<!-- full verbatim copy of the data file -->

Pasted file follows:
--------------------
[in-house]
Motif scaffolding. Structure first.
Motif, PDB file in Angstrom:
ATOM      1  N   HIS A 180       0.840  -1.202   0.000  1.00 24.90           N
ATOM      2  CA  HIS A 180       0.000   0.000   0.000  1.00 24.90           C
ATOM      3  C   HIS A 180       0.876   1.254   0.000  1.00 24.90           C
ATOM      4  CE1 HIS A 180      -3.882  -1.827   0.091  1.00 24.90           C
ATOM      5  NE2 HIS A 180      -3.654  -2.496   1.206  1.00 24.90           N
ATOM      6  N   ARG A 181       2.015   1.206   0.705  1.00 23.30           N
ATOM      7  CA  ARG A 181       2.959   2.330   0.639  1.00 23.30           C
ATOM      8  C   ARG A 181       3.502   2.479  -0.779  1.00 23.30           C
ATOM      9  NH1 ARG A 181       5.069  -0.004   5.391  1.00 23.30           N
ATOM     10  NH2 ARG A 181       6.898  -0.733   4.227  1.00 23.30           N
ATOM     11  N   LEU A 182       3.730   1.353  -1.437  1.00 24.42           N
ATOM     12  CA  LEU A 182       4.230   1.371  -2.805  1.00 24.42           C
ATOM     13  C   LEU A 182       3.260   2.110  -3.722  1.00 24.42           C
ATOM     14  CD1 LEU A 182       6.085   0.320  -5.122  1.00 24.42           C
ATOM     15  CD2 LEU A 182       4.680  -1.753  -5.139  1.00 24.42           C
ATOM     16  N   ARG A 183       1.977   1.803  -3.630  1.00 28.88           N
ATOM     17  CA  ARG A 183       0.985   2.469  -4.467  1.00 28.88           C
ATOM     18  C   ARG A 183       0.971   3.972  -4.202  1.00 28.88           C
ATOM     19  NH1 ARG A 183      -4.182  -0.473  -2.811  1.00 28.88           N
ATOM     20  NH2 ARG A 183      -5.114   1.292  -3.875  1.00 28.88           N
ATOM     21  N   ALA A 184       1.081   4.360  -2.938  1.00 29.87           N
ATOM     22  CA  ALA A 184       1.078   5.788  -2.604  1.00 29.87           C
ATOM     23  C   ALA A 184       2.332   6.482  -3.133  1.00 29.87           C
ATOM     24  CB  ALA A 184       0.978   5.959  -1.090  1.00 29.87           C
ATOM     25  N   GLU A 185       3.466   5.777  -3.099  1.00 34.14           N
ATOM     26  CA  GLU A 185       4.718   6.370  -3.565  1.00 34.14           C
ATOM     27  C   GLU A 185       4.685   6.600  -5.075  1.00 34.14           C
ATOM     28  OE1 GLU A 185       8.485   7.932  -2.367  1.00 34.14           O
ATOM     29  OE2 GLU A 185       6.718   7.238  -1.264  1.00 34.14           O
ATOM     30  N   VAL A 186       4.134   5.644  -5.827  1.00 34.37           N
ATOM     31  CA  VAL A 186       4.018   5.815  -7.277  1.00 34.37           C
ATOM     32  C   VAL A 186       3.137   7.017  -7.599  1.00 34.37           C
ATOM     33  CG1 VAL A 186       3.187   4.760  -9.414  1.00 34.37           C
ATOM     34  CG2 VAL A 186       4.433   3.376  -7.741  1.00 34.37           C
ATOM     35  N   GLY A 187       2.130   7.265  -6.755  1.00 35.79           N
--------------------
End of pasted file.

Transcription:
[in-house]
Motif scaffolding. Structure first.
Motif, PDB file in Angstrom:
ATOM      1  N   HIS A 180       0.840  -1.202   0.000  1.00 24.90           N
ATOM      2  CA  HIS A 180       0.000   0.000   0.000  1.00 24.90           C
ATOM      3  C   HIS A 180       0.876   1.254   0.000  1.00 24.90           C
ATOM      4  CE1 HIS A 180      -3.882  -1.827   0.091  1.00 24.90           C
ATOM      5  NE2 HIS A 180      -3.654  -2.496   1.206  1.00 24.90           N
ATOM      6  N   ARG A 181       2.015   1.206   0.705  1.00 23.30           N
ATOM      7  CA  ARG A 181       2.959   2.330   0.639  1.00 23.30           C
ATOM      8  C   ARG A 181       3.502   2.479  -0.779  1.00 23.30           C
ATOM      9  NH1 ARG A 181       5.069  -0.004   5.391  1.00 23.30           N
ATOM     10  NH2 ARG A 181       6.898  -0.733   4.227  1.00 23.30           N
ATOM     11  N   LEU A 182       3.730   1.353  -1.437  1.00 24.42           N
ATOM     12  CA  LEU A 182       4.230   1.371  -2.805  1.00 24.42           C
ATOM     13  C   LEU A 182       3.260   2.110  -3.722  1.00 24.42           C
ATOM     14  CD1 LEU A 182       6.085   0.320  -5.122  1.00 24.42           C
ATOM     15  CD2 LEU A 182       4.680  -1.753  -5.139  1.00 24.42           C
ATOM     16  N   ARG A 183       1.977   1.803  -3.630  1.00 28.88           N
ATOM     17  CA  ARG A 183       0.985   2.469  -4.467  1.00 28.88           C
ATOM     18  C   ARG A 183       0.971   3.972  -4.202  1.00 28.88           C
ATOM     19  NH1 ARG A 183      -4.182  -0.473  -2.811  1.00 28.88           N
ATOM     20  NH2 ARG A 183      -5.114   1.292  -3.875  1.00 28.88           N
ATOM     21  N   ALA A 184       1.081   4.360  -2.938  1.00 29.87           N
ATOM     22  CA  ALA A 184       1.078   5.788  -2.604  1.00 29.87           C
ATOM     23  C   ALA A 184       2.332   6.482  -3.133  1.00 29.87           C
ATOM     24  CB  ALA A 184       0.978   5.959  -1.090  1.00 29.87           C
ATOM     25  N   GLU A 185       3.466   5.777  -3.099  1.00 34.14           N
ATOM     26  CA  GLU A 185       4.718   6.370  -3.565  1.00 34.14           C
ATOM     27  C   GLU A 185       4.685   6.600  -5.075  1.00 34.14           C
ATOM     28  OE1 GLU A 185       8.485   7.932  -2.367  1.00 34.14           O
ATOM     29  OE2 GLU A 185       6.718   7.238  -1.264  1.00 34.14           O
ATOM     30  N   VAL A 186       4.134   5.644  -5.827  1.00 34.37           N
ATOM     31  CA  VAL A 186       4.018   5.815  -7.277  1.00 34.37           C
ATOM     32  C   VAL A 186       3.137   7.017  -7.599  1.00 34.37           C
ATOM     33  CG1 VAL A 186       3.187   4.760  -9.414  1.00 34.37           C
ATOM     34  CG2 VAL A 186       4.433   3.376  -7.741  1.00 34.37           C
ATOM     35  N   GLY A 187       2.130   7.265  -6.755  1.00 35.79           N